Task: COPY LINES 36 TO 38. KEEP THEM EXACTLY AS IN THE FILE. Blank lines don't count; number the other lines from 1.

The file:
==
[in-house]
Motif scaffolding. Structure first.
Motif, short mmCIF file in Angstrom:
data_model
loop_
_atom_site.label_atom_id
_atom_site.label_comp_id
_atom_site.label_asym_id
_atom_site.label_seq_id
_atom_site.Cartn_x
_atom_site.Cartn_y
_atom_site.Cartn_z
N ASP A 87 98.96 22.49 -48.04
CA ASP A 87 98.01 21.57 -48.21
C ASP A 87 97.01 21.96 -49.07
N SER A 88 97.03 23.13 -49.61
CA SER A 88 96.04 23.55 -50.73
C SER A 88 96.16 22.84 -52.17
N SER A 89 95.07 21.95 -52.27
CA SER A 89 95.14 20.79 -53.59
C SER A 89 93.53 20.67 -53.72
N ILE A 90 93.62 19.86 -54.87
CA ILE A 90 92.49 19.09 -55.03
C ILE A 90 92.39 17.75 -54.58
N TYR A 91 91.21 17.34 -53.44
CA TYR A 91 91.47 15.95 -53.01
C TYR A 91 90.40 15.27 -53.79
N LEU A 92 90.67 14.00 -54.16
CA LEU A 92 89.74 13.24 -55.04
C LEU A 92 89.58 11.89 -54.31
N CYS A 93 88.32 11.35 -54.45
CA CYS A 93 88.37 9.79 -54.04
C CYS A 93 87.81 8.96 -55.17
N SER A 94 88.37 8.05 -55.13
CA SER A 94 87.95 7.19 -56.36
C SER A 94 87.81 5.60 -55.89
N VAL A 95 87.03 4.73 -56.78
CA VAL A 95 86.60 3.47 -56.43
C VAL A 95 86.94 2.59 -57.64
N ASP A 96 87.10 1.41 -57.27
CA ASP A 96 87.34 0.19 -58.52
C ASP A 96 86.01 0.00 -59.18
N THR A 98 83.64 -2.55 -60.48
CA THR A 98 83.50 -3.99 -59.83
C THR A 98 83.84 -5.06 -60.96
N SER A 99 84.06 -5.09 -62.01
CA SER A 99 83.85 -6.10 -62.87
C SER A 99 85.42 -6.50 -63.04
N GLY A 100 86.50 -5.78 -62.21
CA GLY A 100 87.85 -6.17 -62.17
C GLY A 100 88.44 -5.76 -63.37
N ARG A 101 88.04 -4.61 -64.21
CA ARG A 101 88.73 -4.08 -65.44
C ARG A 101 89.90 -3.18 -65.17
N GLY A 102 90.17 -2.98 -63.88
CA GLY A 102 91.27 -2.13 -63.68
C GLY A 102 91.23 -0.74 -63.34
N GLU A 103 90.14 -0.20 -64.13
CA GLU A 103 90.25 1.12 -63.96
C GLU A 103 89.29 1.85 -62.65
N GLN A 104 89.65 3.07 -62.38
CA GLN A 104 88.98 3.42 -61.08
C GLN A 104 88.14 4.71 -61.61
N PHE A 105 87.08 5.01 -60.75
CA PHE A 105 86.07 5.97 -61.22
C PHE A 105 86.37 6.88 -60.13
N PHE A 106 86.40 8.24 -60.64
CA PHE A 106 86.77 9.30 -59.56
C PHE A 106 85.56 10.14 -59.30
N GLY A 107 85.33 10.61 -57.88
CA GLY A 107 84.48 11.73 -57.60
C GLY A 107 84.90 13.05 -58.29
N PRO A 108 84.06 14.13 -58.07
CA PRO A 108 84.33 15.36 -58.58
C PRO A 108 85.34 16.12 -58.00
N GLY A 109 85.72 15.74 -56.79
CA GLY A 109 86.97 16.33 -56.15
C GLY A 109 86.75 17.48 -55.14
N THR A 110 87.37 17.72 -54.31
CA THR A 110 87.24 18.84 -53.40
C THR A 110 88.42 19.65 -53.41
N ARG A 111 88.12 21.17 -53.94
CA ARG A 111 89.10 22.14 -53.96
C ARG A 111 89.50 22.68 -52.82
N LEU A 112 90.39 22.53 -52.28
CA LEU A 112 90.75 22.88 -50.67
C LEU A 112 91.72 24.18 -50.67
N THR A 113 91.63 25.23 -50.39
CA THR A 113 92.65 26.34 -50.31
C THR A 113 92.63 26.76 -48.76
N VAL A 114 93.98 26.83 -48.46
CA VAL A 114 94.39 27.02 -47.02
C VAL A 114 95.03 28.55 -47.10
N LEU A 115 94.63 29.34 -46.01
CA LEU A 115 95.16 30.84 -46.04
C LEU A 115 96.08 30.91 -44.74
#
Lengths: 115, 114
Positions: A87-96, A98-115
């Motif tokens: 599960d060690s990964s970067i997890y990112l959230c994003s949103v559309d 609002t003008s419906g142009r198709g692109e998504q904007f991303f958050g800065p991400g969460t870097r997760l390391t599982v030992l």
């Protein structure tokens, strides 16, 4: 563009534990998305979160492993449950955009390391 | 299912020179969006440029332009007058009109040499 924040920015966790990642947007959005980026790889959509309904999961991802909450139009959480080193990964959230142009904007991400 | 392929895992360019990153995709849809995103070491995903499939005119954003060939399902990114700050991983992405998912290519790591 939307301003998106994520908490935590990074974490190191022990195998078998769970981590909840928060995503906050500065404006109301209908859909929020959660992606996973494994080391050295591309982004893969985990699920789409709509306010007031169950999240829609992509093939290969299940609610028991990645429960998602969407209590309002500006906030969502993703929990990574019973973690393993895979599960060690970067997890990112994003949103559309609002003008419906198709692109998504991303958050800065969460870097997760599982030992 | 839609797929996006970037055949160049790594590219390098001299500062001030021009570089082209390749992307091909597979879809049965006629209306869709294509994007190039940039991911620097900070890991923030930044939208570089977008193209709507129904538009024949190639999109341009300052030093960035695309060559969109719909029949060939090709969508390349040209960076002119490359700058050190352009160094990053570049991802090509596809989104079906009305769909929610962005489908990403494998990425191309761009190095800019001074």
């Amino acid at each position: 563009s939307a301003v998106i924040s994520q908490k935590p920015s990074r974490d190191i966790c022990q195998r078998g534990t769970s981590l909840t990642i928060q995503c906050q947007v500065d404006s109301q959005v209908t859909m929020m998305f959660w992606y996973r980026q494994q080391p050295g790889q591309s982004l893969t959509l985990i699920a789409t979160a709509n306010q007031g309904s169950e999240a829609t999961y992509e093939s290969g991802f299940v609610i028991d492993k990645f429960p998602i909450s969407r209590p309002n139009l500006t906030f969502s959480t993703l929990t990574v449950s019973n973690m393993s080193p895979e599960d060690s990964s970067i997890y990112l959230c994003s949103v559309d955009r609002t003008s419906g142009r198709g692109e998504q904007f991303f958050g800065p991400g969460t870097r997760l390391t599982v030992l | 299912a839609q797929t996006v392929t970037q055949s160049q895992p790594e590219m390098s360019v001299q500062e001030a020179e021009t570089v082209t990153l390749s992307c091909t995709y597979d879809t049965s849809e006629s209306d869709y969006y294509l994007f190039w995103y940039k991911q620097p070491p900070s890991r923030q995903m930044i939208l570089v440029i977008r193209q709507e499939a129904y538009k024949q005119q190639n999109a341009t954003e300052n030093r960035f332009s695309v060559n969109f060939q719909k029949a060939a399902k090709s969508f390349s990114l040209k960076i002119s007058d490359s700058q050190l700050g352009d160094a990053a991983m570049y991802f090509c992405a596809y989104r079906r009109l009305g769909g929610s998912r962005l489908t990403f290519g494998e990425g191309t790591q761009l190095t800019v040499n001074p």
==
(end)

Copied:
C SER A 94 87.81 5.60 -55.89
N VAL A 95 87.03 4.73 -56.78
CA VAL A 95 86.60 3.47 -56.43